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Short Rounds
The Moyamensing Street Killers
During the 1830s and 1840s many "Native Americans” (i.e., whites of AngloSaxon descent and Protestant faith), became concerned for the future of the nation, given that the bulk of new immigrants were largely Irish and German, and many of them Catholics. In many urban areas, this resulted in the formation of street gangs that supported politicians favoring nativist causes. In several cities these gangs – which often included mature men and even "pillars of the community" – engaged in patriotic activities such as burning Catholic churches and convents or rampaging through immigrant neighborhoods. Naturally, this sparked a response from the newcomers, particularly the Irish, who formed gangs of their own, so that at clashes between the nativists and the immigrants were common. These gangs often adopted colorful names such as "Plug Uglies," a name derived from the nickname given certain hoodlums employed by volunteer fire companies. One such gang was Philadelphia's Moyamensing Street Killers, notorious for their riotous behavior. Of course, as good patriots, they were willing to answer the call if Uncle Sam should get into a war. Thus, when the MexicanAmerican War broke out, the entire gang volunteered en masse.
The men formed a company which they called “The City Guard,” which was mustered into the service as Company D of the 1st Pennsylvania. Of course, they never actually referred to themselves as anything but the “Moyamensing Street Killers,” usually abbreviated to just “The Killers.” They were a very rowdy bunch. Temporarily stationed at Pittsburgh while awaiting movement down the Ohio, they engaged in such socially redeeming activities as street brawls with local toughs, in which they generally came off victorious. On one occasion they forced their way into a theater and broke up the performance. Such behavior naturally led several times to clashes with the police, in which the Killers were not always successful, so that some members ended up as guests of the city. When the regiment reached to New Orleans, the Killers continued their nefarious activities, waylaying passersby in the streets, looting some homes and shops, and engaging in riots with volunteers from other states, all in fun, of course. The local gendarmes proved even tougher than the Pittsburg variety, and most of the company actually ended up in jail at one point. Upon their release, the company commander seems to have attempted to impose some discipline, to which the men responded by promptly forcing him to resign by the simple expedient of threatening to kill him.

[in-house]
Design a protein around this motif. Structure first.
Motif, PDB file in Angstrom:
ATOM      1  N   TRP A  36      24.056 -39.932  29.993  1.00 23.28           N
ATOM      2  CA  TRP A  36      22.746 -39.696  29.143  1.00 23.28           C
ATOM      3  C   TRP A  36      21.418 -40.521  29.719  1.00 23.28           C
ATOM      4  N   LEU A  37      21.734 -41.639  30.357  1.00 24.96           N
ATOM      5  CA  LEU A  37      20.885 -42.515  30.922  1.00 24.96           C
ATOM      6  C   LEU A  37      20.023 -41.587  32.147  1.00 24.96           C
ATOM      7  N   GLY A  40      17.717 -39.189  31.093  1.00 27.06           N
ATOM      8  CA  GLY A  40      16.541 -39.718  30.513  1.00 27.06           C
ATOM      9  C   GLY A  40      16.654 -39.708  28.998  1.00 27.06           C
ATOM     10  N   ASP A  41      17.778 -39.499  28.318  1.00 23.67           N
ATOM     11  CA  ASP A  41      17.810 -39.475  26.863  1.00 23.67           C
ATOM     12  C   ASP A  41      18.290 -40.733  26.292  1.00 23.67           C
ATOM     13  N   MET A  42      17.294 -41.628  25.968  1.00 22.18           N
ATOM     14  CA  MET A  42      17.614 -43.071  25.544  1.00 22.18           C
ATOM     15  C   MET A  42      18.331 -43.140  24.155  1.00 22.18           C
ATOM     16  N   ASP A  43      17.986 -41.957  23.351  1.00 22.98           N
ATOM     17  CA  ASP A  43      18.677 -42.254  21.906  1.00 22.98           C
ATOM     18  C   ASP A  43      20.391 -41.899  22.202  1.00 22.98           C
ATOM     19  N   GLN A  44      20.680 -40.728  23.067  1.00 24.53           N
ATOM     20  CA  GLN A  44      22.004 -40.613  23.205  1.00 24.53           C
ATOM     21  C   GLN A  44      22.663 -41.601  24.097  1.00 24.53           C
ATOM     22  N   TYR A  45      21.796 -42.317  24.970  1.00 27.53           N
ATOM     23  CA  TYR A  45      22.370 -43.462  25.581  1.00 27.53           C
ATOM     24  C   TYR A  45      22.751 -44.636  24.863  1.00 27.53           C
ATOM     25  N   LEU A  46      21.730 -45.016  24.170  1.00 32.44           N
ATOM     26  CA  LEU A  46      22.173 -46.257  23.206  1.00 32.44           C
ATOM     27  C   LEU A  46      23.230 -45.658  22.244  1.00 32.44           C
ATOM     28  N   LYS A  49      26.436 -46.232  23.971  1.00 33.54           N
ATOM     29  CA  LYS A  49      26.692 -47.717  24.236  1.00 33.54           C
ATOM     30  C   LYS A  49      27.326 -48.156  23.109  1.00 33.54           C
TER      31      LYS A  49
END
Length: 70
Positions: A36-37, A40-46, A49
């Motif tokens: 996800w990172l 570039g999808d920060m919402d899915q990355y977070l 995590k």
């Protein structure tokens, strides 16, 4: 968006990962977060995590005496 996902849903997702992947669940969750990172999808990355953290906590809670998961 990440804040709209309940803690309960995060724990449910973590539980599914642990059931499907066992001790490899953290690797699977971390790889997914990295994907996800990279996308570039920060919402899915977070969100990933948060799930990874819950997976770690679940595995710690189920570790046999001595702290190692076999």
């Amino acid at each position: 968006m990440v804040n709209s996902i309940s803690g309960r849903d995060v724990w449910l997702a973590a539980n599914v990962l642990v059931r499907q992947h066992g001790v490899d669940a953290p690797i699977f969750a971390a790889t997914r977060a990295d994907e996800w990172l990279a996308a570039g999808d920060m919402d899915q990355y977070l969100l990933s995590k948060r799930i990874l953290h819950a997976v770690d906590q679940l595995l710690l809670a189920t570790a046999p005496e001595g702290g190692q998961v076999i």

When they finally did get to northern Mexico, where they served on occupation duty, the Killers fully lived up to their reputation. One of them – a lapsed Irish Catholic named John O’Brien – robbed a priest, taking even his gold crucifix. Apprehended and tried before a court martial, O’Brien was provided with several often contradictory alibis by his mates and got off. A comrade who had attempted to rape a Mexican woman was not so lucky and was hanged.
Discharged at the end of the war, the “Killers” made their rowdy way back to Philadelphia, where they resumed terrorizing their neighbors. Their contribution to the war effort was virtually nil.
The French Army Ration, Morocco, 1908
The French Army in Morocco during the early twentieth century developed an interesting approach to issuing rations to the troops. As was the case in most colonial enterprises, the army was composed partially of French troops and partially of Moroccans. In most colonial ventures, European armies adopted different ration scales for their “metropolitan” and their “native” troops. Not so the French in Morocco. In fact, there was virtually no difference between the rations issued French troops and those provided to Moroccans.